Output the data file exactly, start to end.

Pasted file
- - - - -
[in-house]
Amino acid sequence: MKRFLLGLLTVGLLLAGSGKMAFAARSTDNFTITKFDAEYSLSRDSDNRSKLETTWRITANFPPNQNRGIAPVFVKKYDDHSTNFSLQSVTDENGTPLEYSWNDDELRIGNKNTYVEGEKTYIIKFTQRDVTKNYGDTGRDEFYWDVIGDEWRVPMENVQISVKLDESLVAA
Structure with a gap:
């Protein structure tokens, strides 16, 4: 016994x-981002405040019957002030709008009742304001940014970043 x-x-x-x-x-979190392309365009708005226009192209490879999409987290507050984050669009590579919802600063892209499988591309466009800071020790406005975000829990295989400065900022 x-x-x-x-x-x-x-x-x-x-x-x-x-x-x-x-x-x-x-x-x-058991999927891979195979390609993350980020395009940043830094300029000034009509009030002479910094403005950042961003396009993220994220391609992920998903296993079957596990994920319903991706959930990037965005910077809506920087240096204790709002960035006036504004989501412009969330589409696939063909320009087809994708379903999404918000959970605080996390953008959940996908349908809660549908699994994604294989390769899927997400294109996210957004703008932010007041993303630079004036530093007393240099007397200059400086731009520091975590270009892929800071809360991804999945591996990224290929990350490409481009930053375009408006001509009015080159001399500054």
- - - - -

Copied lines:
[in-house]
Amino acid sequence: MKRFLLGLLTVGLLLAGSGKMAFAARSTDNFTITKFDAEYSLSRDSDNRSKLETTWRITANFPPNQNRGIAPVFVKKYDDHSTNFSLQSVTDENGTPLEYSWNDDELRIGNKNTYVEGEKTYIIKFTQRDVTKNYGDTGRDEFYWDVIGDEWRVPMENVQISVKLDESLVAA
Structure with a gap:
């Protein structure tokens, strides 16, 4: 016994x-981002405040019957002030709008009742304001940014970043 x-x-x-x-x-979190392309365009708005226009192209490879999409987290507050984050669009590579919802600063892209499988591309466009800071020790406005975000829990295989400065900022 x-x-x-x-x-x-x-x-x-x-x-x-x-x-x-x-x-x-x-x-x-058991999927891979195979390609993350980020395009940043830094300029000034009509009030002479910094403005950042961003396009993220994220391609992920998903296993079957596990994920319903991706959930990037965005910077809506920087240096204790709002960035006036504004989501412009969330589409696939063909320009087809994708379903999404918000959970605080996390953008959940996908349908809660549908699994994604294989390769899927997400294109996210957004703008932010007041993303630079004036530093007393240099007397200059400086731009520091975590270009892929800071809360991804999945591996990224290929990350490409481009930053375009408006001509009015080159001399500054």